Four scholars holding chair positions at the Kluge Center began their terms in residence in September 2021. These positions are filled by invitation of the Librarian of Congress and scholars enjoy individual offices in the Jefferson Building, where they engage in writing and research and interact with other scholars in residence. Keep reading to get to know more about them and their work.
Valentine M. Moghadam is Kluge Chair in Countries and Cultures of the South, as well as Professor of Sociology and International Affairs at Northeastern University, Boston. In addition to her academic career, Moghadam has been Coordinator of the Research Program on Women and Development at the UNU’s WIDER Institute and a section chief for gender equality and development, UNESCO’s Social and Human Sciences Sector. Moghadam is author of “Modernizing Women: Gender and Social Change in the Middle East”; “Globalizing Women: Transnational Feminist Networks”, which won the American Political Science Association’s Victoria Schuck award for best book on women and politics for 2005; and “Globalization and Social Movements: The Populist Challenge and Democratic Alternatives.” Moghadam will work on the project “Varieties of Feminisms in the Middle East and North Africa” at the Kluge Center.
Tom Mullaney is the Kluge Chair in Technology and Society at the Library of Congress. He a professor of Chinese history of Stanford University and a Guggenheim fellow. Mullaney is the author or lead editor of six books, including “The Chinese Typewriter,” “Your Computer is on Fire,” and the forthcoming “The Chinese Computer”—the first comprehensive history of Chinese-language computing. Mullaney is Curator of the international exhibition, “Radical Machines: Chinese in the Information Age.” At the Kluge Center, he will work on “Global Futures of Computing, New Media, and Information Technology.”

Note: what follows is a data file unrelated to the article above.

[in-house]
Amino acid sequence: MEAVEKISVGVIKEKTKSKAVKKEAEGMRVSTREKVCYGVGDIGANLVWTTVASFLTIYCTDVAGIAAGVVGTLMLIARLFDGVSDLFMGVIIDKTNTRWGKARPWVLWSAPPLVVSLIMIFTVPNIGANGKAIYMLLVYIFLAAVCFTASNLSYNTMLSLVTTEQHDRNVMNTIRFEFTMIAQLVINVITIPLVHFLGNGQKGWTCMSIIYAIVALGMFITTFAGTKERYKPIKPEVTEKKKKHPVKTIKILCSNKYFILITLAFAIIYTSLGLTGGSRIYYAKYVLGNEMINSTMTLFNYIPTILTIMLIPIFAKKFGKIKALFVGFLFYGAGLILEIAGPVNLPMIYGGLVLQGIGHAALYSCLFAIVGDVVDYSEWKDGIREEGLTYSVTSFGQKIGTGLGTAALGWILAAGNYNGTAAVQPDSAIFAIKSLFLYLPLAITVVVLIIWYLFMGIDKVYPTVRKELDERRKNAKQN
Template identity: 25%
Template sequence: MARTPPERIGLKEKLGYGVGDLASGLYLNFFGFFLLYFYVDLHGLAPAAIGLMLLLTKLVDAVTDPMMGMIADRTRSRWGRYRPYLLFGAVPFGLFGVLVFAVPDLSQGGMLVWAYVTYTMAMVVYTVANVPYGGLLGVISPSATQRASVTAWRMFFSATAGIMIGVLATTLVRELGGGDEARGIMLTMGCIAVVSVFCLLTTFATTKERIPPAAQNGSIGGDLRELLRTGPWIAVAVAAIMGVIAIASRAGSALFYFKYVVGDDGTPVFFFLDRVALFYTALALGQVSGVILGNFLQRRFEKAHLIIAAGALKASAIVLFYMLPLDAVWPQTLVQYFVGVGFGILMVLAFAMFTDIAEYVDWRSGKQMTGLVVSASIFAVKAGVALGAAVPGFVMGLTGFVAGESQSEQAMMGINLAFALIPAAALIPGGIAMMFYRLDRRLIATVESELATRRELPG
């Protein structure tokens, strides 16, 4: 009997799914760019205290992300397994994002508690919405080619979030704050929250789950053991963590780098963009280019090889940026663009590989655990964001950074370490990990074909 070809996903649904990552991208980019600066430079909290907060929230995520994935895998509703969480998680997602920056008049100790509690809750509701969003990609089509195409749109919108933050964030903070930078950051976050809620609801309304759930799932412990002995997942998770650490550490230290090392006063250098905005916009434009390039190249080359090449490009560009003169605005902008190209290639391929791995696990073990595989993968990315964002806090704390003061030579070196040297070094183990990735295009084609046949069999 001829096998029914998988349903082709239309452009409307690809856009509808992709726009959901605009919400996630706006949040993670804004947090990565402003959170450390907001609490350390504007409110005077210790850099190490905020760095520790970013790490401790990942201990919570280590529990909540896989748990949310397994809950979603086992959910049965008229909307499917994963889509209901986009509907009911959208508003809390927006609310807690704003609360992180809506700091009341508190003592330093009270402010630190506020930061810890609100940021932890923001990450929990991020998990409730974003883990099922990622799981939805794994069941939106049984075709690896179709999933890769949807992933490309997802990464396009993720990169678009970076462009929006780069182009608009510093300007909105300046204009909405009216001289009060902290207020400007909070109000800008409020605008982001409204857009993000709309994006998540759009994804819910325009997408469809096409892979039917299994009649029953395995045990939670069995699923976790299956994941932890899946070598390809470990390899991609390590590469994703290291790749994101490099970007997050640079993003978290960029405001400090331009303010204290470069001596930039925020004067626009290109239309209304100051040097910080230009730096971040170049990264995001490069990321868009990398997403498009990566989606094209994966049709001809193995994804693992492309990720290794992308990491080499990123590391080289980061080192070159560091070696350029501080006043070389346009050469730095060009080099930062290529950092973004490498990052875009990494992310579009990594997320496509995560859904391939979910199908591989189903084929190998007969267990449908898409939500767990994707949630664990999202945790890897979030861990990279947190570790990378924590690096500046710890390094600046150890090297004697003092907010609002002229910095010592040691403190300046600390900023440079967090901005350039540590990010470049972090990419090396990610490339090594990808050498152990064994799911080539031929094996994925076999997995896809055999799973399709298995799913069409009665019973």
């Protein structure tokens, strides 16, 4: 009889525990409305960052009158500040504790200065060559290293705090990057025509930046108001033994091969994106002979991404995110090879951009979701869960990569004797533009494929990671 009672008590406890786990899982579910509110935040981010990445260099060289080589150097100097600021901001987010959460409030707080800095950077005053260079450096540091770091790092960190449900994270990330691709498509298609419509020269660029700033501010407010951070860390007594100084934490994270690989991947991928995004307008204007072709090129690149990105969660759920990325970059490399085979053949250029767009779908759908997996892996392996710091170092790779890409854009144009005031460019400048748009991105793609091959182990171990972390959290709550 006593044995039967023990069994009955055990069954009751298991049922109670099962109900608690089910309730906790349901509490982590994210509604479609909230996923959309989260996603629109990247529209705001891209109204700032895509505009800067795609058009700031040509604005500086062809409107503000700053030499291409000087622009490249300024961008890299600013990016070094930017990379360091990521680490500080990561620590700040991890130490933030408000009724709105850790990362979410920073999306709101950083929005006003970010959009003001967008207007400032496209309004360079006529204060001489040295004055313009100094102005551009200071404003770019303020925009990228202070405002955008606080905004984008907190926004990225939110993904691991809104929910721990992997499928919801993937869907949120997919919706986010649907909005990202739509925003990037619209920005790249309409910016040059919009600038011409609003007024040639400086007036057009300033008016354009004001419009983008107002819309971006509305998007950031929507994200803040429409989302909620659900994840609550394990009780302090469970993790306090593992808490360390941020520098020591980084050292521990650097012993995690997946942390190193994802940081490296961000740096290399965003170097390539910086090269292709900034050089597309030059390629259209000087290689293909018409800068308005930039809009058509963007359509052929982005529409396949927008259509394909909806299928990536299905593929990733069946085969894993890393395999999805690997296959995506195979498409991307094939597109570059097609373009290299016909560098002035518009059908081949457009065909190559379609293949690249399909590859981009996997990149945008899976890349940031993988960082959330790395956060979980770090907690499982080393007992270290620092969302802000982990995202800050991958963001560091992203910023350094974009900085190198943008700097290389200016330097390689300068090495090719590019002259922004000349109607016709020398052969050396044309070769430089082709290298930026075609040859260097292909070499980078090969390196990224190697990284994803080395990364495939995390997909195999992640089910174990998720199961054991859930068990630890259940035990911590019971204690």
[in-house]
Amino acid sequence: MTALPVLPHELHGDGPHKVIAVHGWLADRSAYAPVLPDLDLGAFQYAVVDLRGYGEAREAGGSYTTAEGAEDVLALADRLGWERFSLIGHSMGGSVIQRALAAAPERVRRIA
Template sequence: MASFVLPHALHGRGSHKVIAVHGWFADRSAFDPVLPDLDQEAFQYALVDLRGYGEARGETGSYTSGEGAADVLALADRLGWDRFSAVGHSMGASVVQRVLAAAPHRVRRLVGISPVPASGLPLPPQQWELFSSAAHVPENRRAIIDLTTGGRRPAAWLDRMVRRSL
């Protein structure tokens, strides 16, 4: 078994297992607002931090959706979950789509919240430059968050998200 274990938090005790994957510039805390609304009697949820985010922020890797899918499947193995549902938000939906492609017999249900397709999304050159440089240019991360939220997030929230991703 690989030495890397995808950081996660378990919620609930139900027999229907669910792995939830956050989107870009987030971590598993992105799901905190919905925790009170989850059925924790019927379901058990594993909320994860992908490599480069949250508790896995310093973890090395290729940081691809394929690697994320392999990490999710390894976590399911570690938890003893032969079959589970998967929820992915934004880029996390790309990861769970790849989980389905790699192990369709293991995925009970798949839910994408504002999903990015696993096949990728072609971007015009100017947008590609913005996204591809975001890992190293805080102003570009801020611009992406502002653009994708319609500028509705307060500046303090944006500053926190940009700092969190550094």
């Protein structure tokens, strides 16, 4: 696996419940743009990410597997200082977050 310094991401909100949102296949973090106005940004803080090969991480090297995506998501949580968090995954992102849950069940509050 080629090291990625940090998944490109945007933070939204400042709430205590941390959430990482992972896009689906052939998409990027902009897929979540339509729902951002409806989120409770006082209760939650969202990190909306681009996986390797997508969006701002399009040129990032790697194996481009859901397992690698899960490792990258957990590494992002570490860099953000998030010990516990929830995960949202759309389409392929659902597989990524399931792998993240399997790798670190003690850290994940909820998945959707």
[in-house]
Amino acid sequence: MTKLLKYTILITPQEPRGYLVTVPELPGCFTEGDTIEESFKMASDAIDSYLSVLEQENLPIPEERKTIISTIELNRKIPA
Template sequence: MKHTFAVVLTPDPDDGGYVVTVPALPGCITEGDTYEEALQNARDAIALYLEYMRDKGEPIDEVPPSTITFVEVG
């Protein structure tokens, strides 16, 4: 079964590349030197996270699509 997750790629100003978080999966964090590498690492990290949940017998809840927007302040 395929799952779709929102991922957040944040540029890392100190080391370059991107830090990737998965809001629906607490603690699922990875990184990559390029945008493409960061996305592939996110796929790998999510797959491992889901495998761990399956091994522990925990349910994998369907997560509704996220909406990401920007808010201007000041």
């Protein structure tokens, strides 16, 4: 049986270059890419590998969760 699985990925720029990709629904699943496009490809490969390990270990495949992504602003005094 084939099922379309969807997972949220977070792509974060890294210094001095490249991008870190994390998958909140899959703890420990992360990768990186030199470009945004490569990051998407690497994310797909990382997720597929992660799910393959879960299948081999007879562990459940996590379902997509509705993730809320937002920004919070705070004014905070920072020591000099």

Barbara E. Mundy is Kislak Chair for the Study of the History and Cultures of the Early Americas. Mundy is an art historian whose scholarship dwells in zones of contact between Native peoples and settler colonists as they forged new visual cultures in the Americas. She is Donald and Martha Robertson Chair in Latin American Art History at Tulane University, Senior Fellow of Pre-Columbian Studies at Dumbarton Oaks, and serves on the editorial board of Estudios de cultura náhuatl. Mundy is also the incoming president of the American Society for Ethnohistory. Her most recent book, “The Death of Aztec Tenochtitlan, the Life of Mexico City,” draws on Indigenous texts and representations to counter a colonialist historiography and to argue for the city’s nature as an Indigenous city through the sixteenth century. With Dana Leibsohn, she is the creator of Vistas: Visual Culture in Spanish America, 1520-1820. Her project at the Kluge Center is titled “Indigenous Artists and European Book Culture, 1540-1600.”
Sean Theriault is a Distinguished Visiting Scholar at the Kluge Center. Theriault, a University Distinguished Teaching Professor in the Government Department at the University of Texas, is fascinated by congressional decision-making. He has published five books: “Congress: The First Branch,” “The Great Broadening” (with Bryan Jones and Michelle Whyman), “The Gingrich Senators”, “Party Polarization in Congress”, and “The Power of the People.” Theriault, whose classes cover topics including the US Congress, congressional elections, party polarization in the United States, and the politics of the Catholic Church, has won a number of prestigious teaching awards on campus. Theriault obtained his Ph.D. from Stanford University in 2001. At the Kluge Center, he will work on a project titled “Contempt in Congress.”